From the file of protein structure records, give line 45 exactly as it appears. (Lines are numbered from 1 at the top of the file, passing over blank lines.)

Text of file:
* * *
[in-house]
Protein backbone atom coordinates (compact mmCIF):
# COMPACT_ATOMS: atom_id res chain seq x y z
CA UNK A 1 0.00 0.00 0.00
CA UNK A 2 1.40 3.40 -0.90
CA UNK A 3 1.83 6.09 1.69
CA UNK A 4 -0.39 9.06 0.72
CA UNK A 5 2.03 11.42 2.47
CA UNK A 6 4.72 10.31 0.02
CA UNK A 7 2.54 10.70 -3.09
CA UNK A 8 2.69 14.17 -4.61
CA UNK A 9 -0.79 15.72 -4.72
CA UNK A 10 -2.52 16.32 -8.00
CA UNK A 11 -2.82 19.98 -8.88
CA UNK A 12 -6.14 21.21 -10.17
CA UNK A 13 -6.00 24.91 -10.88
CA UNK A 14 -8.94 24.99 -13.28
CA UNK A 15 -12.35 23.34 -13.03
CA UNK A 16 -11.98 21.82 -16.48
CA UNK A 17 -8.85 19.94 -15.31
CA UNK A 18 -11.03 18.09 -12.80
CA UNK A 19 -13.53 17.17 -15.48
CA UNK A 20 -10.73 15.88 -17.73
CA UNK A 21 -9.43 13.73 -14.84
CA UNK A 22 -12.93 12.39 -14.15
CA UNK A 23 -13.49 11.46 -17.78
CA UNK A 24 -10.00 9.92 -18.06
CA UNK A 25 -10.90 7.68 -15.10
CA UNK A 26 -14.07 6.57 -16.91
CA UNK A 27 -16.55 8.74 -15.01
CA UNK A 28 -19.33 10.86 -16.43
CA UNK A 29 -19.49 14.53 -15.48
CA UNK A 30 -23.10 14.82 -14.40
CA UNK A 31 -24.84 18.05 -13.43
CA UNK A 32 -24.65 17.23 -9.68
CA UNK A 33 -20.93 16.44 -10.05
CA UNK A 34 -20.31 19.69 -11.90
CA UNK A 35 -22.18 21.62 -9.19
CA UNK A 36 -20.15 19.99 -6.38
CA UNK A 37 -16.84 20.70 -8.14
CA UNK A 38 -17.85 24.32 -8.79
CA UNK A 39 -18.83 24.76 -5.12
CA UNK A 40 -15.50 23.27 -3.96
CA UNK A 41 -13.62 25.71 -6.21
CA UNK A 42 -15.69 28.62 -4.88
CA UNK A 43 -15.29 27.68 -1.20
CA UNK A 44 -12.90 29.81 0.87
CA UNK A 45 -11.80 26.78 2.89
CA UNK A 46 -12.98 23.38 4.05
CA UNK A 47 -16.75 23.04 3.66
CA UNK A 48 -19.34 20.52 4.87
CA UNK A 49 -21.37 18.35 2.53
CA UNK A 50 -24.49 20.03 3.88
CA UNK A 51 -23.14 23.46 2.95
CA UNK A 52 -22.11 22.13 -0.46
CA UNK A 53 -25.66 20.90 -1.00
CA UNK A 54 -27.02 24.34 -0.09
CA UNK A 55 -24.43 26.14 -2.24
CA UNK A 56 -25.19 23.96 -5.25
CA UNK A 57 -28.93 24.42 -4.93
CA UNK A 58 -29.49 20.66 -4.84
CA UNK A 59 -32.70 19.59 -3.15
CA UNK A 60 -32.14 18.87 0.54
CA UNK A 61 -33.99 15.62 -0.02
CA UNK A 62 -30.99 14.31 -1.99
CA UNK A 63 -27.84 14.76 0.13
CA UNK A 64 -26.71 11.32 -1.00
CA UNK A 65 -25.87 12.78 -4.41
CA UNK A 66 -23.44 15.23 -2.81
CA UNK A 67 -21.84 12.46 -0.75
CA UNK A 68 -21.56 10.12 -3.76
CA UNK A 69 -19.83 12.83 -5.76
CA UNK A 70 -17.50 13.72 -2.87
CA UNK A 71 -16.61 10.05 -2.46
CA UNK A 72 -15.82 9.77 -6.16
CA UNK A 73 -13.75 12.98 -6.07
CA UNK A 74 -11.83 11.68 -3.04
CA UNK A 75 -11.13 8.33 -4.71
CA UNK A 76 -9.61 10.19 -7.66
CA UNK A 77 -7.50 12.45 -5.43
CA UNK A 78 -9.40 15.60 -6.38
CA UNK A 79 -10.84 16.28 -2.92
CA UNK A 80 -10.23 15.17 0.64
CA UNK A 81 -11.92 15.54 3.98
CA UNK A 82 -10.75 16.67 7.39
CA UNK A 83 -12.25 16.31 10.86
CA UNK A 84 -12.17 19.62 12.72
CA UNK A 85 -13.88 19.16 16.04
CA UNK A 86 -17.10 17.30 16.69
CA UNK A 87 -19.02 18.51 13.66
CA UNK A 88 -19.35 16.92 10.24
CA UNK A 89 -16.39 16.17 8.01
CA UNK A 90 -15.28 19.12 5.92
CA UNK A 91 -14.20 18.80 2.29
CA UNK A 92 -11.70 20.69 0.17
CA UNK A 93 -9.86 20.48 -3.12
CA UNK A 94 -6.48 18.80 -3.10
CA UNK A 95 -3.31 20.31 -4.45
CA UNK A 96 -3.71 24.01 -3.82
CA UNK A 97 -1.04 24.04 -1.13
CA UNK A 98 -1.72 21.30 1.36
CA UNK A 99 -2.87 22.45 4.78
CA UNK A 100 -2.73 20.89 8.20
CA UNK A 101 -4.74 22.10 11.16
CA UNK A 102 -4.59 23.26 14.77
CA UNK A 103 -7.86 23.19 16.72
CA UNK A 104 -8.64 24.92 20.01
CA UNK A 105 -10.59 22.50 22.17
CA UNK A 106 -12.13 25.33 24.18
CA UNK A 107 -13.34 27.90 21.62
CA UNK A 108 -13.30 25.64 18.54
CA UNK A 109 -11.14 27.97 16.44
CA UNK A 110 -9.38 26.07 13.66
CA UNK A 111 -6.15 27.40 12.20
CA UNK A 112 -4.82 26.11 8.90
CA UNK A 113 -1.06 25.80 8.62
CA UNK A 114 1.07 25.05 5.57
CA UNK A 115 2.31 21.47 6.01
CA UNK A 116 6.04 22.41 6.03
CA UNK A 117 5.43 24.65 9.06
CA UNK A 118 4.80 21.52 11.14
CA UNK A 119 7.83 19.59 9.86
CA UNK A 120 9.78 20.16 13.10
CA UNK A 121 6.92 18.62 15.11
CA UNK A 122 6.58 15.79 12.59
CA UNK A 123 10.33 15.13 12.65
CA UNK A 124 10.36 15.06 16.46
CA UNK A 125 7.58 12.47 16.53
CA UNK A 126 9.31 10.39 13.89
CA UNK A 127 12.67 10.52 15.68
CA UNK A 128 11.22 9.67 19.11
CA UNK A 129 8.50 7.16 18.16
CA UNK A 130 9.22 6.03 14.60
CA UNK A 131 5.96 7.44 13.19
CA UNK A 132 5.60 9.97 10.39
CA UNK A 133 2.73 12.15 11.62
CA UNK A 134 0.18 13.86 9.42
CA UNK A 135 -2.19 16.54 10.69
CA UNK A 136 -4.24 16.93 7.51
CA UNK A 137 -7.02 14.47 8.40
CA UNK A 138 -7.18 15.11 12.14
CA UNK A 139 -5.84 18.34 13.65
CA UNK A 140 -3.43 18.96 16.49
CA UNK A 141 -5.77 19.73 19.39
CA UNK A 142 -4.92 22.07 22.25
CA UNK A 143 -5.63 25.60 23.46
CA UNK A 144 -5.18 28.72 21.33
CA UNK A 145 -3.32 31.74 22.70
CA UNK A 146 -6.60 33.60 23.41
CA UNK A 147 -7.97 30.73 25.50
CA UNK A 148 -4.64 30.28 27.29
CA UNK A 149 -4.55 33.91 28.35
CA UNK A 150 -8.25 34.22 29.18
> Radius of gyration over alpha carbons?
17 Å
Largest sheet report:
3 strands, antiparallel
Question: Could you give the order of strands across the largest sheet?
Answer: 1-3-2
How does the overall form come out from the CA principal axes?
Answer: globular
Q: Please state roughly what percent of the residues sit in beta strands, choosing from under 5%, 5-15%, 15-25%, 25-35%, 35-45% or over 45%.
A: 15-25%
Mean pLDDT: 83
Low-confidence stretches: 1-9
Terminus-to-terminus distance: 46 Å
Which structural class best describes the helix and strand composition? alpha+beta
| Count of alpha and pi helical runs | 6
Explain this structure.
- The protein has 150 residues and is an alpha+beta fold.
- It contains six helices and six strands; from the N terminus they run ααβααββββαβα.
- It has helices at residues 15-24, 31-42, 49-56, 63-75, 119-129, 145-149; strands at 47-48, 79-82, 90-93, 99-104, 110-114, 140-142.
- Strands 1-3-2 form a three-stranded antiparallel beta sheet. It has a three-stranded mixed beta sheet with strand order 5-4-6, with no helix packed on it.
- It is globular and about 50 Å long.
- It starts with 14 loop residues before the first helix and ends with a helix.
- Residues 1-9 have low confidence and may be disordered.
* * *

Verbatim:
CA UNK A 42 -15.69 28.62 -4.88